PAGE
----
There are couple of questions that without the shell tag are incorrectly tagged and power users might get frustrated because of this:

I'm sure there are more out there. I haven't found the exact reasons why and where merged (the later happened even though the consensus was not to merge terminal).

  • shell and terminal are both synonyms to command-line
    – guntbert
    Commented Jan 4, 2014 at 17:20
  • @guntbert I know, I want to revert that back ;)
    – Braiam
    Commented Jan 4, 2014 at 17:58
  • Also worth mentioning, there is a shell-scripting tag. I'm not sure if it merits being part of this discussion.
    – Oli Mod
    Commented Jan 6, 2014 at 17:53
  • @Oli yeah, but that was created (I hope) to make a distinction between scripting languages (that use scripts) and shell based scripts.
    – Braiam
    Commented Jan 6, 2014 at 23:18

3 Answers 3


I'm not yet convinced. I'm familiar with what each of the three terms mean but I'm struggling to see why they should all exist as separate tags here.

  • What does shell (or cli-shell shudder) add that command-line doesn't already cover?
  • If it adds anything, wouldn't the actual shell tags add even more? (eg: bash, ksh, zsh, etc)
  • And why does terminal need its own tag at all? It's used synonymously with command-line by a very many people. It's possible the most worthwhile synonym we have in the system.

They're all pretty generic and they overlap huge amounts. I think in their case it's much more useful to have one tag to describe that we're talking about the command line and anything else be specific to the problem.

And to agree with Marco, "shell" is and has been super-generic term for "interface" for a very long time. I'll concede it's more popularly talked about when describing the command line these days... But that's not its only use. And that's the problem with shell/terminal/command-line.

I don't disagree with Gilles's 2010 opinion (the three words all technically mean disparate things), but people don't use tags based on their dictionary definitions, they use them how they've always used them. And in the real world, terminal, shell, cli and command-line all mean roughly the same thing. Like it or not, they are synonymous to most of our users.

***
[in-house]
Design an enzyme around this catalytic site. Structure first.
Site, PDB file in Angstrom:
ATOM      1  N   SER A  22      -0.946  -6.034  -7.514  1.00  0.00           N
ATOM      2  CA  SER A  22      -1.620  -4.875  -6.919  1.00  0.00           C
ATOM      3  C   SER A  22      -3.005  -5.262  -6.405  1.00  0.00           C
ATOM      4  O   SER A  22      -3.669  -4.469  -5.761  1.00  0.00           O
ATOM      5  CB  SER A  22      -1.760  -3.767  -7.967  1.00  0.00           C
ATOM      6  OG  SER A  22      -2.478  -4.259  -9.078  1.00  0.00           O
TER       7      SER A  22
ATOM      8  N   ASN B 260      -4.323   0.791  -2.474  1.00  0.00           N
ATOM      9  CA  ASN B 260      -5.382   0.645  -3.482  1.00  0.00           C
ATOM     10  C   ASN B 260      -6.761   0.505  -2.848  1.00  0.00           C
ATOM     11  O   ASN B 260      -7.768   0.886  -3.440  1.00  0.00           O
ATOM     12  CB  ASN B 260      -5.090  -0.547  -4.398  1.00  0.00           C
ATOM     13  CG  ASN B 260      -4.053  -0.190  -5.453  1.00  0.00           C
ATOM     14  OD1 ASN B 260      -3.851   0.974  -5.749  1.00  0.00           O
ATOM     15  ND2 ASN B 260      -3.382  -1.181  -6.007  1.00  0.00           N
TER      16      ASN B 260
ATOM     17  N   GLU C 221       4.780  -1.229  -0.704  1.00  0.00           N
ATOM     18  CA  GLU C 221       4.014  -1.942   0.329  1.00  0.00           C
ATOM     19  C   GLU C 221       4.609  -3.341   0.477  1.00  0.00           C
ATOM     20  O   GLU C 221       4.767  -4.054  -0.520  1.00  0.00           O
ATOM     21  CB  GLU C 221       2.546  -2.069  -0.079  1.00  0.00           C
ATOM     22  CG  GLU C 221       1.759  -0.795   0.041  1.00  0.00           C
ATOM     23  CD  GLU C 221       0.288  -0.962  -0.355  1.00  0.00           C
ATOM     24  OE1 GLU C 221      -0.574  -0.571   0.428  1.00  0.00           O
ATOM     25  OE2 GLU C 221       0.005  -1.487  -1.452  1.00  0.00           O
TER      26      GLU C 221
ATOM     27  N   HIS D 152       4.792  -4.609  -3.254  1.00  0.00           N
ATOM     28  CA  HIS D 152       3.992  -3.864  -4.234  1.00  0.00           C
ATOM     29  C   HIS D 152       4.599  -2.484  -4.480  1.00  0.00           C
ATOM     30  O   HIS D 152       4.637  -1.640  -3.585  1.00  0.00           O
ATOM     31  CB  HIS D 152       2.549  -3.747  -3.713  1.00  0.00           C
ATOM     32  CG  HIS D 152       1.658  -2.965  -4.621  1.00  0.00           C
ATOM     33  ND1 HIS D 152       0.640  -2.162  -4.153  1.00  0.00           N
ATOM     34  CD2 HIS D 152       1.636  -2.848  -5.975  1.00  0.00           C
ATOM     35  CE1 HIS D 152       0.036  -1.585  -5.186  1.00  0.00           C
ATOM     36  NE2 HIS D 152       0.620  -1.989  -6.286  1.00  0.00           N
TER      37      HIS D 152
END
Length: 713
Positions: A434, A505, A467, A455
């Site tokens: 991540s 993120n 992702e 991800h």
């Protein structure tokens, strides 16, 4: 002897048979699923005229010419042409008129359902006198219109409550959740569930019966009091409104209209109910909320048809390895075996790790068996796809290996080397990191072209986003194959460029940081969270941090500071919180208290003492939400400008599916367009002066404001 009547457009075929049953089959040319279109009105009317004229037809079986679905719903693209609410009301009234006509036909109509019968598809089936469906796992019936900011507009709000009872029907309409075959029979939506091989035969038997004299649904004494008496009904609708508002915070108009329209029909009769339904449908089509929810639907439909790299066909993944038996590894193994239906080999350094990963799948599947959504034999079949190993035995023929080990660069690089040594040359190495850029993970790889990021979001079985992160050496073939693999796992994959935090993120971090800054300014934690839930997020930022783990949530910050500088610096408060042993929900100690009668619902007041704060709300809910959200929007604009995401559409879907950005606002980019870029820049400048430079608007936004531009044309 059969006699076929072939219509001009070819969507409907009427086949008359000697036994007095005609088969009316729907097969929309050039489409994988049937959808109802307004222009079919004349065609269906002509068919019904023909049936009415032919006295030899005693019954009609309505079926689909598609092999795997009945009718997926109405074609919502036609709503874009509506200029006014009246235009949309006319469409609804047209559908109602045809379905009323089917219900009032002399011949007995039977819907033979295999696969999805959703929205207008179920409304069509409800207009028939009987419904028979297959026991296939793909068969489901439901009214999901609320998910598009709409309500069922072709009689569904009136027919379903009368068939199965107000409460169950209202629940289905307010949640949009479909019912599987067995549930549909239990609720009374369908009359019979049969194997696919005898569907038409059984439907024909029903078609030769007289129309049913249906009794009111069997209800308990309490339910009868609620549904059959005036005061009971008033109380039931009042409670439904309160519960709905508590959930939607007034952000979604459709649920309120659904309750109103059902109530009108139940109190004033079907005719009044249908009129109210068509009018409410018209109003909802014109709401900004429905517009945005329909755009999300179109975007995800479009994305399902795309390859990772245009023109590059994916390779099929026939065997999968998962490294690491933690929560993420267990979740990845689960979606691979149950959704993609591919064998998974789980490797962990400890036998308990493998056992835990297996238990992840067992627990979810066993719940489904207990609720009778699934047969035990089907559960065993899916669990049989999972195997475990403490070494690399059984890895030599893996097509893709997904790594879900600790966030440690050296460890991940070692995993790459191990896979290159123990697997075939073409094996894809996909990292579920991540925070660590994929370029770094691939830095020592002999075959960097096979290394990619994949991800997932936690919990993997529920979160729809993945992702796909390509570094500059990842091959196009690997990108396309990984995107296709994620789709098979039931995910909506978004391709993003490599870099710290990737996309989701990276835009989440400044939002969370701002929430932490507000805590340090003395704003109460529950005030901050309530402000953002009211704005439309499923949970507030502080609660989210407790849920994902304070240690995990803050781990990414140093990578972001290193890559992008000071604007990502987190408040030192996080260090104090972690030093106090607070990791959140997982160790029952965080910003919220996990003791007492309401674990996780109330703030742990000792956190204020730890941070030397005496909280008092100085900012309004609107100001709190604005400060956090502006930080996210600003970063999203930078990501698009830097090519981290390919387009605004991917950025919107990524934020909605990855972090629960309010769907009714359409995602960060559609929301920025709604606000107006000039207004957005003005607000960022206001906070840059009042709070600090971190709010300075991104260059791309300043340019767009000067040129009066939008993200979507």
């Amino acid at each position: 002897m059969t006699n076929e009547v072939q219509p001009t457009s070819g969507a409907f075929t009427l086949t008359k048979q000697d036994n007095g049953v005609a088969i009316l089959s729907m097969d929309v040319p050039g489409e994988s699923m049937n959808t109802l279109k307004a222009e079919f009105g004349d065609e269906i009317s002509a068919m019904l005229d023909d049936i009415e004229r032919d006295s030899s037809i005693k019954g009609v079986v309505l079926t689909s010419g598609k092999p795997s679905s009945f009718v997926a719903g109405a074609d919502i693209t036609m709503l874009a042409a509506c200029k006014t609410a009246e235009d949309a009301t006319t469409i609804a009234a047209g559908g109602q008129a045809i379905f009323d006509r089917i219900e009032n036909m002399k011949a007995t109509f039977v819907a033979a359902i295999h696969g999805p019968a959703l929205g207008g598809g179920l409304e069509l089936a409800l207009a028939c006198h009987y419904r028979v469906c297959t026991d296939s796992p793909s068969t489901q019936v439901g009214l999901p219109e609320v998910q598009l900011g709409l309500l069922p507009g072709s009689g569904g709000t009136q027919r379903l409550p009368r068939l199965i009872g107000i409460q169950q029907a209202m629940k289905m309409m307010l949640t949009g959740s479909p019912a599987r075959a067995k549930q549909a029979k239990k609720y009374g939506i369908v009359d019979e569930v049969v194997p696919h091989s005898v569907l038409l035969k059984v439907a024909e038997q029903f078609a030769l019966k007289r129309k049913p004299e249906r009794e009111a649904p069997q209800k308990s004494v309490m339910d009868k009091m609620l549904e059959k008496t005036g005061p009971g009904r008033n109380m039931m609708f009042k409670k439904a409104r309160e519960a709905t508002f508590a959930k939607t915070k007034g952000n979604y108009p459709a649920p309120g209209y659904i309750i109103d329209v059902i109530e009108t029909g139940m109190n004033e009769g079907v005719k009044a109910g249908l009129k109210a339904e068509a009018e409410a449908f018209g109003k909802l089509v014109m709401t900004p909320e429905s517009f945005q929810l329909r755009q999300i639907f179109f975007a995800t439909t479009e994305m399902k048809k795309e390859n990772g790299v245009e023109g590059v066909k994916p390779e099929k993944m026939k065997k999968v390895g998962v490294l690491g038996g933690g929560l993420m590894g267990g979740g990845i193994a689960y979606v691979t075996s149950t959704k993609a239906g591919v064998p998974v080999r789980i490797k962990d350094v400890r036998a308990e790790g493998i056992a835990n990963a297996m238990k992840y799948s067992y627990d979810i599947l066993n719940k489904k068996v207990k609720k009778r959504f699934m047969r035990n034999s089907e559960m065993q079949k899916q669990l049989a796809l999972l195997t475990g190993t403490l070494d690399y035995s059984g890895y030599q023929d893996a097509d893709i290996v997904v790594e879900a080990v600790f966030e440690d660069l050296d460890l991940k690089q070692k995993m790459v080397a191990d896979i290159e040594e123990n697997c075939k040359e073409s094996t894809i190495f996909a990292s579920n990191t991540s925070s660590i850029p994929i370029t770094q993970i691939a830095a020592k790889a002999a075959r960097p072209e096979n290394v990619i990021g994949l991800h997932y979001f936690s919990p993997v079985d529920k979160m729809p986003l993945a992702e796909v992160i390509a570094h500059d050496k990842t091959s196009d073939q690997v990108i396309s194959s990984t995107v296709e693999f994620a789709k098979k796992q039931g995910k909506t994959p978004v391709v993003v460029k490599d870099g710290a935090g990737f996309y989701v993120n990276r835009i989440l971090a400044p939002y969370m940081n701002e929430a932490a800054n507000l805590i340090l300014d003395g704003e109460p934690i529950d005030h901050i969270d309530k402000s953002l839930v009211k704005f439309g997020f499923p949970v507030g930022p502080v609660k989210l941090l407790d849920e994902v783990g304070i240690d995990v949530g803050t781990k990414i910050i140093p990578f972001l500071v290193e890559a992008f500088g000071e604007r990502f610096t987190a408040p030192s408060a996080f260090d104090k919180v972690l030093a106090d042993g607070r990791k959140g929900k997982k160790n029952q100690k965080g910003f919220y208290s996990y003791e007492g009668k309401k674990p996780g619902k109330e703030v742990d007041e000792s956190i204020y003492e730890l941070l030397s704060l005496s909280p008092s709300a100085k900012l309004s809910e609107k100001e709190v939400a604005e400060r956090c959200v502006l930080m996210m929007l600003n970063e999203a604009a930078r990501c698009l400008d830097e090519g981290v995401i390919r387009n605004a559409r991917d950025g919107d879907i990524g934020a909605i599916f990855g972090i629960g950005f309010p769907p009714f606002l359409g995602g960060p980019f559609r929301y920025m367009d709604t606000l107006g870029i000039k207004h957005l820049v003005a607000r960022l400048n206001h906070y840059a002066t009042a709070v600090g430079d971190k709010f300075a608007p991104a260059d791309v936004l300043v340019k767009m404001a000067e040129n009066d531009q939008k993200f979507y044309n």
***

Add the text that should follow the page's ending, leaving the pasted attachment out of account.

To separate these three out means one thing for the future of posts about the command line: really crappy tagging. Some posts will be terminal, some will be command-line and shell... It's just generating a metric butt-tonne of review. At least with the way things are, we have one tag that covers all of that and people can add detail through further, more specific tags.

  • But Oli, is our work, the most knowledgeable users, to teach new users the differences between one and other. I think we could ask a question here about the differences between shell, command line and terminal and then add the most accurate definitions to our tags so users will know which tags apply to their problems. Practical questions an user could ask with different tags:
    – Braiam
    Commented Jan 6, 2014 at 18:04
  • How to change my background using the command line (he's asking for non-GUI based solutions)? How to change my default terminal (he doesn't care if he needs to use the GUI or the terminal to do it)? Changing my shell to tcsh (IMHO there should be both graphical, scripts, commands, debconf maybe based solutions to do this)?
    – Braiam
    Commented Jan 6, 2014 at 18:04
  • Anyways, the usage of the tags are up to us, and the use or misuse is our responsibility in any case. I was trying to get this done since I could answer some questions that doesn't rely on the command line (since mine uses the GUI) but are about shells and since the shell -> command line is in place it could be counter producent answering a command line question with something GUI-related.